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“Only buy something that you’d be perfectly happy to hold if the market shut down for 10 years.”

— Warren Buffett

One of the most important things investors can learn from Warren Buffett, is about how they approach their time horizon for an investment into a stock under consideration. Because immediately after buying shares of a given stock, investors will then be able to check on the day-to-day (and even minute-by-minute) market value. Some days the stock market will be up, other days down. These daily fluctuations can often distract from the long-term view. Today, we look at the result of a ten year holding period for an investor who was considering Allstate Corp (NYSE: ALL) back in 2014, bought the stock, ignored the market’s ups and downs, and simply held through to today.

Start date: 04/01/2014


End date: 03/28/2024
Start price/share: $56.49
End price/share: $173.01
Starting shares: 177.02
Ending shares: 219.95
Dividends reinvested/share: $21.96
Total return: 280.53%
Average annual return: 14.30%
Starting investment: $10,000.00
Ending investment: $38,045.50

As shown above, the ten year investment result worked out quite well, with an annualized rate of return of 14.30%. This would have turned a $10K investment made 10 years ago into $38,045.50 today (as of 03/28/2024). On a total return basis, that’s a result of 280.53% (something to think about: how might ALL shares perform over the next 10 years?). [These numbers were computed with the Dividend Channel DRIP Returns Calculator.]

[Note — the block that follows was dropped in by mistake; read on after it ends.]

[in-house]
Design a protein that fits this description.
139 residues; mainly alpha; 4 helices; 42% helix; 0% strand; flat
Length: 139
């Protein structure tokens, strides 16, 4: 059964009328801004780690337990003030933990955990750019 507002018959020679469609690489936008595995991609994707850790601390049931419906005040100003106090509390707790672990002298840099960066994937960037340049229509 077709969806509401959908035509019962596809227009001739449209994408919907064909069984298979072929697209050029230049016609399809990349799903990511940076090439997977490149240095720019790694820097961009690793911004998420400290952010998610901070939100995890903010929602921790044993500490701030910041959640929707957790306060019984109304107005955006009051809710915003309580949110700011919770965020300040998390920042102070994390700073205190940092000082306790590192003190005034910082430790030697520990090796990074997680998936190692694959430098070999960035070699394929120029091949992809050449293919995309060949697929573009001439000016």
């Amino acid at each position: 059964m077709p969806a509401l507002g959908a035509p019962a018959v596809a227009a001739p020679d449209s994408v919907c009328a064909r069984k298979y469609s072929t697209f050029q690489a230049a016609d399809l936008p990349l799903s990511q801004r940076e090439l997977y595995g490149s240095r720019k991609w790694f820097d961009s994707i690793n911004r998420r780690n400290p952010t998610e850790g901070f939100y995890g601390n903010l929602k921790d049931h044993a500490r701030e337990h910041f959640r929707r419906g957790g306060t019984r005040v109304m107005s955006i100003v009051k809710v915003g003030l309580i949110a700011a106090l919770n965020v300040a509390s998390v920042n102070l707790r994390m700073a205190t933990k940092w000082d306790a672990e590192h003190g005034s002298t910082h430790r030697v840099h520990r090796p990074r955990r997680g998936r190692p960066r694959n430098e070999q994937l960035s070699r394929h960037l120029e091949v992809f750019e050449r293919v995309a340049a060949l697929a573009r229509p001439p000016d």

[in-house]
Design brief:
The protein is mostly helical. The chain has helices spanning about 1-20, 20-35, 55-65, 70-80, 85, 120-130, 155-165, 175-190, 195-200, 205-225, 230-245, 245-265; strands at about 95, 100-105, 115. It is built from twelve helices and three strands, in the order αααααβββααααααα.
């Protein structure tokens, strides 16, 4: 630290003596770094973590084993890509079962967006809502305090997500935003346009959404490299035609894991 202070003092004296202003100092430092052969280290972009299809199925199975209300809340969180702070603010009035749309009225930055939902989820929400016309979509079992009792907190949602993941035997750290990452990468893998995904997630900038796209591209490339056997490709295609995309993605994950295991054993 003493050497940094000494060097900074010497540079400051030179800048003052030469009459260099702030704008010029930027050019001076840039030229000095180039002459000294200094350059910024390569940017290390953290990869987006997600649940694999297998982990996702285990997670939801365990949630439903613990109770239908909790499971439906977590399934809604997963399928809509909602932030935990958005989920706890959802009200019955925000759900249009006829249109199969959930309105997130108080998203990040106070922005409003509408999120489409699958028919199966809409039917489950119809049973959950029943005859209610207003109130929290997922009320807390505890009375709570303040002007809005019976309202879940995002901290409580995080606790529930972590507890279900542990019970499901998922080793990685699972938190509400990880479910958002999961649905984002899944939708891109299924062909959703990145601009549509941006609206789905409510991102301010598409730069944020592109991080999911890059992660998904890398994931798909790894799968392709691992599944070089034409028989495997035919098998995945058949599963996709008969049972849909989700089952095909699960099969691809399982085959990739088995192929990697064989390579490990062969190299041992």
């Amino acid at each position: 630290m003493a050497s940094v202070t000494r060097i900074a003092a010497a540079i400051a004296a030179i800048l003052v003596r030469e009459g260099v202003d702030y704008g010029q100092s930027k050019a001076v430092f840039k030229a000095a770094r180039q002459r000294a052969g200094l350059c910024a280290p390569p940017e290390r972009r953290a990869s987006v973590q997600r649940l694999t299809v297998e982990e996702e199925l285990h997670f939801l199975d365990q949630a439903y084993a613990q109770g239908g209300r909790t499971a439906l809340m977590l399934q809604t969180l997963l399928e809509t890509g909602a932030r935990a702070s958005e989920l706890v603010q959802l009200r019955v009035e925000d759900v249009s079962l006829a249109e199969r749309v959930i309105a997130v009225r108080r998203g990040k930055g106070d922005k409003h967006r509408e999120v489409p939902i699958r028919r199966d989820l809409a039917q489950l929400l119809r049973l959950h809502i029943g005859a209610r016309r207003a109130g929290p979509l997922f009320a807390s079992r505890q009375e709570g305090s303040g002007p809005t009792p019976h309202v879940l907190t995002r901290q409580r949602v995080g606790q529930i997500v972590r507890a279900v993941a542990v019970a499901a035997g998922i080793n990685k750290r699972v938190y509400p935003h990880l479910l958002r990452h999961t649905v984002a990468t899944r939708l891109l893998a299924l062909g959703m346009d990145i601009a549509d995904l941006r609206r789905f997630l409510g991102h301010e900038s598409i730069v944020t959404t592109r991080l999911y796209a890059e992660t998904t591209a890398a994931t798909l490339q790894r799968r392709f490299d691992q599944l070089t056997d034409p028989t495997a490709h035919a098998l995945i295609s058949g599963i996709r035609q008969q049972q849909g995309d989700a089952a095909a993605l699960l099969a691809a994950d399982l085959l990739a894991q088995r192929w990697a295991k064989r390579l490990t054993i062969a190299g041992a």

Notice that Allstate Corp paid investors a total of $21.96/share in dividends over the 10 holding period, marking a second component of the total return beyond share price change alone. Much like watering a tree, reinvesting dividends can help an investment to grow over time — for the above calculations we assume dividend reinvestment (and for this exercise the closing price on ex-date is used for the reinvestment of a given dividend).

Based upon the most recent annualized dividend rate of 3.68/share, we calculate that ALL has a current yield of approximately 2.13%. Another interesting datapoint we can examine is ‘yield on cost’ — in other words, we can express the current annualized dividend of 3.68 against the original $56.49/share purchase price. This works out to a yield on cost of 3.77%.

One more investment quote to leave you with:
“The individual investor should act consistently as an investor and not as a speculator. This means that he should be able to justify every purchase he makes and each price he pays by impersonal, objective reasoning that satisfies him that he is getting more than his money’s worth for his purchase.” — Benjamin Graham